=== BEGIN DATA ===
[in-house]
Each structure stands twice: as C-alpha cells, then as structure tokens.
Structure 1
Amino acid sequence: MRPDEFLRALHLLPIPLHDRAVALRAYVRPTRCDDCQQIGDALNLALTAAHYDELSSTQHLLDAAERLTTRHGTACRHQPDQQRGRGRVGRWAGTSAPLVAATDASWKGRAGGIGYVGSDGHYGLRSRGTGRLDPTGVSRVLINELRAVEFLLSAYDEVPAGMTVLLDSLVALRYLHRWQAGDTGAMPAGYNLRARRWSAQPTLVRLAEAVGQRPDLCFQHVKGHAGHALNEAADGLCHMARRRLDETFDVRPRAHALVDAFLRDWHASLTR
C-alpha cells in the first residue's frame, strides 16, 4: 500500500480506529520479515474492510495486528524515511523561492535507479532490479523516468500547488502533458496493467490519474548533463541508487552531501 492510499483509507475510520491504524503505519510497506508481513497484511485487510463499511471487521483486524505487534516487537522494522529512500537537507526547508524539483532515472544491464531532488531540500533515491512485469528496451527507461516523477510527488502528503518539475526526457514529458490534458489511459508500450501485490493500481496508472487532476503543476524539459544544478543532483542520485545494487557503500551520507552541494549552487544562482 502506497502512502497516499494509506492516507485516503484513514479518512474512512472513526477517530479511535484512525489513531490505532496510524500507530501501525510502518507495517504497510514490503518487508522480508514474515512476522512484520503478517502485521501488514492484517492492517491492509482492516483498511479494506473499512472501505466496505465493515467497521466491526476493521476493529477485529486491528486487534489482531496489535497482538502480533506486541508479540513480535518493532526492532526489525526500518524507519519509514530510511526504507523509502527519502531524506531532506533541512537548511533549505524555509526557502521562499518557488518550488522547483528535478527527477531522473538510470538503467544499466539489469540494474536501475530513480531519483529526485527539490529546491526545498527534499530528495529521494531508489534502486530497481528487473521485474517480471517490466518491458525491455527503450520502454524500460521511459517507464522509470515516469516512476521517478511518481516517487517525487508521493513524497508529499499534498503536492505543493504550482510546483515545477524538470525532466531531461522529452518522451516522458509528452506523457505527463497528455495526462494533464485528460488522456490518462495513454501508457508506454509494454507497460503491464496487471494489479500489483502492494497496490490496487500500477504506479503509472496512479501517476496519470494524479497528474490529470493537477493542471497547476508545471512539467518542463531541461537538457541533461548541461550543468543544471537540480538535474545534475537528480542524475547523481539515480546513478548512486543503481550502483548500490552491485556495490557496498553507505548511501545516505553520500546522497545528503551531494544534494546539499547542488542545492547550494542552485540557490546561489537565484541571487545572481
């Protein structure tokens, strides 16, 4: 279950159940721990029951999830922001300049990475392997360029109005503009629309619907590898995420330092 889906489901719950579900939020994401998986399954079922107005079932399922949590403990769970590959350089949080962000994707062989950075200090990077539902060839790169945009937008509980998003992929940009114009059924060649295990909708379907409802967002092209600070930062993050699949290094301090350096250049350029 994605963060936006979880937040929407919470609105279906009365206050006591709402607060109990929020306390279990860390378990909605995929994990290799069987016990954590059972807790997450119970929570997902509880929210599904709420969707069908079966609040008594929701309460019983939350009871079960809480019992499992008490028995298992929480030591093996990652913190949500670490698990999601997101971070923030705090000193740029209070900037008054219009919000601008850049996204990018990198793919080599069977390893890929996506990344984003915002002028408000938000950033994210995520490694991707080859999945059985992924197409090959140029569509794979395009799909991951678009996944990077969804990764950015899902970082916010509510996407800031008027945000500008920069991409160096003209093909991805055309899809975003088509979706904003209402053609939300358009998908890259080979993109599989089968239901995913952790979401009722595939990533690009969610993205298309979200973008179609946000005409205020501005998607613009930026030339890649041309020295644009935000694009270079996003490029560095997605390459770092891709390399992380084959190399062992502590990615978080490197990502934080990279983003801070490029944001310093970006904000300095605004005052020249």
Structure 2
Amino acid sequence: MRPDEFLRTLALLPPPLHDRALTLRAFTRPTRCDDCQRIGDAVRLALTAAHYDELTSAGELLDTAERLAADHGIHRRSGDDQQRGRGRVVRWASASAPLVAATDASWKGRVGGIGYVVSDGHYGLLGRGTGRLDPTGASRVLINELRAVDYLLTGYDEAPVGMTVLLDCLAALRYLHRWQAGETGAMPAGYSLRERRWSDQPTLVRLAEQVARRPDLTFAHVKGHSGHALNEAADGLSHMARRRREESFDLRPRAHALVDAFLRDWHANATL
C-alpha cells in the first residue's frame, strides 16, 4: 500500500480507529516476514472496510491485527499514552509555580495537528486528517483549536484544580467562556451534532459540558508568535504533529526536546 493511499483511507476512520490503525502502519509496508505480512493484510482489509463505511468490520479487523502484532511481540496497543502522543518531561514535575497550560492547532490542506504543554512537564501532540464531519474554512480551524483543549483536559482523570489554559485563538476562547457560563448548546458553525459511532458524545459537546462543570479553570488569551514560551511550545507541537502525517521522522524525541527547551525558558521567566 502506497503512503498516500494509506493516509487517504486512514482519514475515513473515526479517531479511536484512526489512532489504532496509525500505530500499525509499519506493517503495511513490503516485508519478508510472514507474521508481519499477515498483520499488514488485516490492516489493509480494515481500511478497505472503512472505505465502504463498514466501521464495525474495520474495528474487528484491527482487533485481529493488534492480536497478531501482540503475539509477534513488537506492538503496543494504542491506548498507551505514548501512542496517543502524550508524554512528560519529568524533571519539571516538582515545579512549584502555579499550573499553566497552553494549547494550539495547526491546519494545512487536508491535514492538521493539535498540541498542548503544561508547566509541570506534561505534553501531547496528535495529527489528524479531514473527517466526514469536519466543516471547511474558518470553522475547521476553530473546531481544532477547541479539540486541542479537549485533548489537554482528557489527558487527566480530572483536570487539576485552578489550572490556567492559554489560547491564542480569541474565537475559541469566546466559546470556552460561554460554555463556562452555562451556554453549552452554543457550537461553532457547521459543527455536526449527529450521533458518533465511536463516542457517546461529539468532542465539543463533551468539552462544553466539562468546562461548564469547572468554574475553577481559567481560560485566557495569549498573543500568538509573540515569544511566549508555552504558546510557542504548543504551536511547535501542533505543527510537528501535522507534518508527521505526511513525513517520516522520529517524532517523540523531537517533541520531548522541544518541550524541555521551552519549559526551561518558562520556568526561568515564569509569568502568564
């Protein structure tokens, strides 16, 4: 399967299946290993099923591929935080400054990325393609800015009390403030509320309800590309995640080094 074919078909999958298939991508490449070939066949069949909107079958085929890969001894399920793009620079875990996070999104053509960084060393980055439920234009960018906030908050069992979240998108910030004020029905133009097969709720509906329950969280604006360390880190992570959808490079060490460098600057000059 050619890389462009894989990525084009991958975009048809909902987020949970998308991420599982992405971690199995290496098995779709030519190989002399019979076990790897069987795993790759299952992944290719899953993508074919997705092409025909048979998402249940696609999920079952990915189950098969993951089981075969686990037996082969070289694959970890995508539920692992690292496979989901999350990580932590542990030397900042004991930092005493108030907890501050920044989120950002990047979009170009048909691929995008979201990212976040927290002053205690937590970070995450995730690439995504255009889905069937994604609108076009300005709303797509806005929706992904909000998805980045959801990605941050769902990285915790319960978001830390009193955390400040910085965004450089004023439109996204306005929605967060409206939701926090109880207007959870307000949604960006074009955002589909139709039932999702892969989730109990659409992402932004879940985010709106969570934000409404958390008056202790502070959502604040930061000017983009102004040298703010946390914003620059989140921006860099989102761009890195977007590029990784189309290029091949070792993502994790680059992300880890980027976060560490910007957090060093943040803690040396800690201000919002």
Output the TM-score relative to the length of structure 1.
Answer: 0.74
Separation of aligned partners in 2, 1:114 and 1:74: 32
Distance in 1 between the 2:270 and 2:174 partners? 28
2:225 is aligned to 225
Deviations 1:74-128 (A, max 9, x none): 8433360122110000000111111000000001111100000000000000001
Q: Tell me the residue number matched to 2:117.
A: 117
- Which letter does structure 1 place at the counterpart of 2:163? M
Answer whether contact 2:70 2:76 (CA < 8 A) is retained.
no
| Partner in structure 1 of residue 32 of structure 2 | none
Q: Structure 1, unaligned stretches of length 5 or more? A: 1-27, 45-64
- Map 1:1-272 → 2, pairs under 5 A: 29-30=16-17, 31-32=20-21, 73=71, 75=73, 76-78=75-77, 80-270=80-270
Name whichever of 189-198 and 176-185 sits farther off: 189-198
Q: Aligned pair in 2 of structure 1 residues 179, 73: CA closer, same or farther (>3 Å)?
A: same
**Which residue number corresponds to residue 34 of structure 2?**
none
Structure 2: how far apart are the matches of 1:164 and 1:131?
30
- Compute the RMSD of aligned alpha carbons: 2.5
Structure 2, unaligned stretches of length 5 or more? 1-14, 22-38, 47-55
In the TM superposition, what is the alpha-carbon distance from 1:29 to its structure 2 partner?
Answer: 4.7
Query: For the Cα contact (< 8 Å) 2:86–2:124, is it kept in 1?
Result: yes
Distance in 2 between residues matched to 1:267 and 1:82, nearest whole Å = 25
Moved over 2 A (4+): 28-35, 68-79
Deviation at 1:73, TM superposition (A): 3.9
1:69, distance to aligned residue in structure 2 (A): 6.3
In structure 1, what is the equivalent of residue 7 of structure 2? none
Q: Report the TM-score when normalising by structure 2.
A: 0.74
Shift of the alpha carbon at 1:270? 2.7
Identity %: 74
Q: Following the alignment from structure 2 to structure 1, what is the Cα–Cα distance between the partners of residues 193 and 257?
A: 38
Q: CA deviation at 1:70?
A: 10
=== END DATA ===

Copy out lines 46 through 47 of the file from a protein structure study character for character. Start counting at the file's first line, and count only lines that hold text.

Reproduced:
Identity %: 74
Q: Following the alignment from structure 2 to structure 1, what is the Cα–Cα distance between the partners of residues 193 and 257?